Constipation affects around 15% of the population in western countries and is associated with decreased quality of life and loss of productivity. Inhibition of the sodium-glucose contransporter 1 (SGLT1) in the small intestine could suppress water absorption, and thereby soften stools and improve constipation. In a randomised phase 2 trial, Shin Fukudo and colleagues examine the safety and efficacy of a novel SGLT1 inhibitor, mizagliflozin, for individuals with Rome III functional constipation or constipation-predominant irritable bowel syndrome.
Hepatic fibrosis is characterized by abnormal accumulation of extracellular matrix (ECM) that can lead to ductopenia, cirrhosis, and even malignant transformation. In this review, cholestatic liver diseases characterized by extensive biliary fibrosis such as primary sclerosing cholangitis (PSC), primary biliary cholangitis (PBC), polycystic liver disease (PLD), and MDR2−/− and BDL mouse models is examined. Following biliary injury, cholangiocytes, the epithelial cells that line the bile ducts, become reactive and adopt a neuroendocrine phenotype in which they secrete and respond to neurohormones and neuropeptides in an autocrine and paracrine fashion. This review summarizes how cholangiocytes interact with their surrounding environment, with particular focus on how autonomic and sensory regulation affects fibrotic pathophysiology.
Special item: Therapeutics Highlights from ILC 2018, the EASL annual congress
In this commentary the author focuses on studies in NASH, viral hepatitis and cholestatic liver diseases presented at the EASL annual congress.
The latest issue in Techniques in GI Endoscopy provides a comprehensive overview on esophageal motility disorders guest edited by two esophageal experts. The issue discusses the pathogenesis of motility disorders and focuses on new technologies that aid in the diagnosis of such diseases including the role of endoscopic ultrasound and functional luminal imaging. The issue provides an endoscopic atlas for esophageal motility disorders – something that cannot be readily found elsewhere and finishes with the current status of treatment options including injection therapy, endoscopic dilation, and per-oral endoscopic myotomy (POEM).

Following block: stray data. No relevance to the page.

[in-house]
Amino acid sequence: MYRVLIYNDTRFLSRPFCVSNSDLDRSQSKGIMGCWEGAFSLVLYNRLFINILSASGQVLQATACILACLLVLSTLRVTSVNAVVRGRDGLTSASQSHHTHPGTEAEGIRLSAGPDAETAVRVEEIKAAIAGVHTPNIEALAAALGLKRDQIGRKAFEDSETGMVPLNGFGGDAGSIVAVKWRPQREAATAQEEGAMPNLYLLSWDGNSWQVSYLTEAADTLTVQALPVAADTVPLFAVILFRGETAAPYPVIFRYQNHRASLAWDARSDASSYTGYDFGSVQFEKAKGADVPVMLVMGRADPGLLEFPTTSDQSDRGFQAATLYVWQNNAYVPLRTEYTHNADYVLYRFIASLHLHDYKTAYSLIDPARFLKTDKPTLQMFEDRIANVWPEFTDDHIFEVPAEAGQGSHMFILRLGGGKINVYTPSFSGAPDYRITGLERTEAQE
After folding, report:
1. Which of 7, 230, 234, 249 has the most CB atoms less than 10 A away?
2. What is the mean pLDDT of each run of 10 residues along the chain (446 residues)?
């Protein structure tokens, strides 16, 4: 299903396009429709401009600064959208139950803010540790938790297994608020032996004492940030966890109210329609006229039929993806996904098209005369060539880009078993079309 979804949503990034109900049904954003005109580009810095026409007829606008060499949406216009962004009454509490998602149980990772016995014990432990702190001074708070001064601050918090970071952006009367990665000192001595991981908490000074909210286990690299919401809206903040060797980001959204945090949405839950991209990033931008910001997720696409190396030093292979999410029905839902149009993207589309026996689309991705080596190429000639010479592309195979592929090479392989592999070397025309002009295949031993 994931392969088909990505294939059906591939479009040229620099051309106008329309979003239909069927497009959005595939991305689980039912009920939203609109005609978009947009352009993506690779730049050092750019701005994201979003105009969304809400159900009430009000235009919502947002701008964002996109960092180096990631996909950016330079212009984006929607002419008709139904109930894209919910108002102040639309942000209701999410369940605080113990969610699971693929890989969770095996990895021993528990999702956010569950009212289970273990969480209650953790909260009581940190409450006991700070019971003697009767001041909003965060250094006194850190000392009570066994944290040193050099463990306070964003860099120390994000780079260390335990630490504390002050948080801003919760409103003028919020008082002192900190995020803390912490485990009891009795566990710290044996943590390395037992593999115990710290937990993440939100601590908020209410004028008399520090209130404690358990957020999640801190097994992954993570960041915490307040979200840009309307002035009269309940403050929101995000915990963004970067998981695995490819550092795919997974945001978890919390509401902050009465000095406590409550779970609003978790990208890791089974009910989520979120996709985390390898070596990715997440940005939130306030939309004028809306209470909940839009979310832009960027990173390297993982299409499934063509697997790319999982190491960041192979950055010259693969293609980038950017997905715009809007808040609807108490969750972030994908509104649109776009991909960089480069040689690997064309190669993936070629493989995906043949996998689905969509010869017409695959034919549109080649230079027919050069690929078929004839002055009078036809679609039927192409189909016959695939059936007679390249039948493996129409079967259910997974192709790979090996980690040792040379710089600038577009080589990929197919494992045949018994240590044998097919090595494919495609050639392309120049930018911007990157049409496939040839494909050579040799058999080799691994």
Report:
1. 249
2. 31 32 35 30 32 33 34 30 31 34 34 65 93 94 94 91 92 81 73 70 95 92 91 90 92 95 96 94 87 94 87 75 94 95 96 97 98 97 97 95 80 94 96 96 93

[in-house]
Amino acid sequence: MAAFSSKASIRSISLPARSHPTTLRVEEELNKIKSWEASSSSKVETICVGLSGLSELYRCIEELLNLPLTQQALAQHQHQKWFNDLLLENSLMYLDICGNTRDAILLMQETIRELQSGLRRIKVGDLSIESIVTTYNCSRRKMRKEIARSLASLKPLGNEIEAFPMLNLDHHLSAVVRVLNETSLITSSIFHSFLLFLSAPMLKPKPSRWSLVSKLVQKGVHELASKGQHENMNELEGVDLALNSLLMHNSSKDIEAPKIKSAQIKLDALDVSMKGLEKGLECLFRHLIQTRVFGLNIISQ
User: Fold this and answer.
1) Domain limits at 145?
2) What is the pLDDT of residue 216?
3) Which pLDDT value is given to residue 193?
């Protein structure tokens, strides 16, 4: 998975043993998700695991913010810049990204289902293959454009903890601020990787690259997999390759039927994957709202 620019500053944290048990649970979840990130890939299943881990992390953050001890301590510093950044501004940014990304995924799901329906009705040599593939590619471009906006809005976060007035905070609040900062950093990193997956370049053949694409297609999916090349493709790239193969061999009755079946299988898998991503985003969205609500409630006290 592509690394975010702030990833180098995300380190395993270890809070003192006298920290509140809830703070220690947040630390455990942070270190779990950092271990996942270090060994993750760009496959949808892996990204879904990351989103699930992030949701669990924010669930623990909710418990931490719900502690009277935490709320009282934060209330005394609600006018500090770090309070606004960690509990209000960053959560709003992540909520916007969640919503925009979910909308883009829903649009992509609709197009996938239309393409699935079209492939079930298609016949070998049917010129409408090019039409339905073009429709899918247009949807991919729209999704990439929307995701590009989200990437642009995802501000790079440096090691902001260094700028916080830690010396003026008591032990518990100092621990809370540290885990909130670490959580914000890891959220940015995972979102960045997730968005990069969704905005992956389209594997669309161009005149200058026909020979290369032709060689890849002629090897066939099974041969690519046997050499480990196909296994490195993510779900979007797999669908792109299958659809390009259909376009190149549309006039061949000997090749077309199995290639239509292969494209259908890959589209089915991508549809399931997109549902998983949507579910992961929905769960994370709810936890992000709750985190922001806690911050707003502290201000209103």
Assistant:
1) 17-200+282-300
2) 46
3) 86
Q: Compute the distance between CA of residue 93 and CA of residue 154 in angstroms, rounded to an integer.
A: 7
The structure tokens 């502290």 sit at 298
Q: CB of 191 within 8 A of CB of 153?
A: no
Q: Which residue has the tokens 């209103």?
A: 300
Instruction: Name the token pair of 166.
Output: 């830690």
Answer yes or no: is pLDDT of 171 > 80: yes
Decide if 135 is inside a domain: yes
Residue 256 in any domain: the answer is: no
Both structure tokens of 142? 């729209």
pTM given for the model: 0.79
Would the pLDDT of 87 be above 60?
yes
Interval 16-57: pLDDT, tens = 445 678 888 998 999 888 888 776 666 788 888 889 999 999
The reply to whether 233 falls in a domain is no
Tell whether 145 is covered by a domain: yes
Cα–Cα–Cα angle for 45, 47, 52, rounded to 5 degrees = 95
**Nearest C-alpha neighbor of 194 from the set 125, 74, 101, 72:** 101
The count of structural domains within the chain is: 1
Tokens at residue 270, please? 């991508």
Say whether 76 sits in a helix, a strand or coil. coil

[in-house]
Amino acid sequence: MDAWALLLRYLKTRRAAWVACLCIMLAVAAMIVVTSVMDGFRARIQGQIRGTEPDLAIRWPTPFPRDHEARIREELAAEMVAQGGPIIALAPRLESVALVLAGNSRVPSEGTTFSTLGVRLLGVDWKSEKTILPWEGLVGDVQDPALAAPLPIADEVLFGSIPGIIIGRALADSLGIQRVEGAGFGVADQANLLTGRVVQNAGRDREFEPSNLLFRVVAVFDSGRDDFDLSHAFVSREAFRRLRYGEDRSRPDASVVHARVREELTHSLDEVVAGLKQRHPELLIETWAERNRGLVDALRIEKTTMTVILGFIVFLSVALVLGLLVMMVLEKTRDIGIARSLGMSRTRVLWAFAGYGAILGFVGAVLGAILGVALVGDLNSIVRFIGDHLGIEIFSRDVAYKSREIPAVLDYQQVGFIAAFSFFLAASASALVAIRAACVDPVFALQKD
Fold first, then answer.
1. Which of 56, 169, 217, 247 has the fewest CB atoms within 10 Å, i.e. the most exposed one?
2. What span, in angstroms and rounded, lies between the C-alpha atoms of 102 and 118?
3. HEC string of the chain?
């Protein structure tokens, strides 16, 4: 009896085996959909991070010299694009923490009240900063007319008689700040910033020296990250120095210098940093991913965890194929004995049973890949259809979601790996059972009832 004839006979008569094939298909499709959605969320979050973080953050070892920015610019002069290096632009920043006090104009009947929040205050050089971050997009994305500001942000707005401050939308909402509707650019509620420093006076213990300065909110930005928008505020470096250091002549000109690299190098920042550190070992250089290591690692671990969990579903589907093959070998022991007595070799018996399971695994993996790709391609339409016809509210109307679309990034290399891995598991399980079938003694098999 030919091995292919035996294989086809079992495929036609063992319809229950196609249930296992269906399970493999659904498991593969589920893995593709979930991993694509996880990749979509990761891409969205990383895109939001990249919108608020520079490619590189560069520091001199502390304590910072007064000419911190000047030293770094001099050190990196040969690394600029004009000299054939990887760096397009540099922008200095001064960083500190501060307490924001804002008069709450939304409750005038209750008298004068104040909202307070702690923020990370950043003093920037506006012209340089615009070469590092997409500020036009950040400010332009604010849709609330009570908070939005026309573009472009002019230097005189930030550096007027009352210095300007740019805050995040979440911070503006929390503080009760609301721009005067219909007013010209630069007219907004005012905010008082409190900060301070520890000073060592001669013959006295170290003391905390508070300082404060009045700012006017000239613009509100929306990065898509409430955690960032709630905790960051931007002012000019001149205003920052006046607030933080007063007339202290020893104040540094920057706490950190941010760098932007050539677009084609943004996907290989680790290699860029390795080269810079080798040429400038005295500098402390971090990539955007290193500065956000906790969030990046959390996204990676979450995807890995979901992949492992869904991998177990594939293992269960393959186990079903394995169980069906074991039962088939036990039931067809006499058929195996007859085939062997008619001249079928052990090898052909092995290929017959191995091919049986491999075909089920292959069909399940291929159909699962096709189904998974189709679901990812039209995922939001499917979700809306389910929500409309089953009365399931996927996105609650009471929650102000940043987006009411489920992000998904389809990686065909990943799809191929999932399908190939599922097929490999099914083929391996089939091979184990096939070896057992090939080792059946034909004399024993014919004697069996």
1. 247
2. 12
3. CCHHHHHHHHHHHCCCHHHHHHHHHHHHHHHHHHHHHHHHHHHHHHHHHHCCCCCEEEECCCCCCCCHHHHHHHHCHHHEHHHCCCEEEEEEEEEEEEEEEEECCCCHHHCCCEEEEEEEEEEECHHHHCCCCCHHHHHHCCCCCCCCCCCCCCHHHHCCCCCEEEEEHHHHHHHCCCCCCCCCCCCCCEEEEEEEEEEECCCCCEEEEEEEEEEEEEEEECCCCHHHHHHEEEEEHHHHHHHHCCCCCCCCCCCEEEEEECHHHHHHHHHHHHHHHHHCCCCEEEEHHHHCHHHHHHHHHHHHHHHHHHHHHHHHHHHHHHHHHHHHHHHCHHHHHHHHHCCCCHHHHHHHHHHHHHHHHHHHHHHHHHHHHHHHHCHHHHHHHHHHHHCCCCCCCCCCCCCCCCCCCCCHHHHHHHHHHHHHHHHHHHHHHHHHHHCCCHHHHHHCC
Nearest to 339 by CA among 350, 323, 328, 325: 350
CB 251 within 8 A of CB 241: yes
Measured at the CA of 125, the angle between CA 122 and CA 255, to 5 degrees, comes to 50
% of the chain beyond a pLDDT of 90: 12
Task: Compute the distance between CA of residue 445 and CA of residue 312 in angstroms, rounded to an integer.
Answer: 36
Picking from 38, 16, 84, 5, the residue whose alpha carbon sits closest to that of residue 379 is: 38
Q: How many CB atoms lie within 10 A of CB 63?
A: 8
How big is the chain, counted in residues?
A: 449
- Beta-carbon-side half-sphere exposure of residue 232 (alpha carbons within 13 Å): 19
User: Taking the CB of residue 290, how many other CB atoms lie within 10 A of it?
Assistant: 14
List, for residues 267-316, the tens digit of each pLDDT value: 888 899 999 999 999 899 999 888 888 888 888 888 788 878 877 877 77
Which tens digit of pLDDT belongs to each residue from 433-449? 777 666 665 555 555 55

Innovative tools, applications, and discoveries that build on advances in stem cells and devices to advance understanding of health and disease throughout the gastrointestinal tract, liver and pancreas are featured in this special issue, accompanied by insightful commentaries and reviews from leaders within these fields.
VideoGIE is excited to announce its acceptance into PubMed Central! All previously published articles have been retroactively indexed. VideoGIE publishes original, single-blinded peer-reviewed video case reports and case series of endoscopic procedures used in the study, diagnosis, and treatment of digestive diseases as well as videos demonstrating endoscopic tools and techniques. Learn more about VideoGIE at www.videogie.org or submit your article today at www.editorialmanager.com/vgie.
New Journal Launch: JHEP Reports Coming in 2019
We are delighted to announce that JHEP Reports will launch in 2019. This is the European Association for the Study of the Liver’s (EASL) first Open Access journal and will publish alongside the Journal of Hepatology. JHEP Reports will publish original papers, reviews, and letters to the Editor concerned with basic, translation and clinical research in the field of hepatology. The aim is for JHEP Reports to be an innovative journal publishing global issues in hepatology, with specific focus on clinical trials, novel diagnostics, precision medicine and therapeutics, cellular and molecular research, metabolism, cancer, microbiome, systems biology, epidemiology, and biotechnology advances and devices.
New co-editors in 2019
Professor Suresh Chari (Mayo Clinic) and Professor Miklos Sahin-Toth (Boston University) have been appointed as the new co-editors for Pancreatology, taking over from Professor Minoti Apte beginning January 2019.
Please bookmark the new Pancreatology website: https://www.sciencedirect.com/journal/pancreatology. The previous web address (www.pancreatology.net) is no longer active.
New Impact Factor!
We are pleased to highlight the newest impact factor for the Journal of Hepatology: 15.040!
Submit your research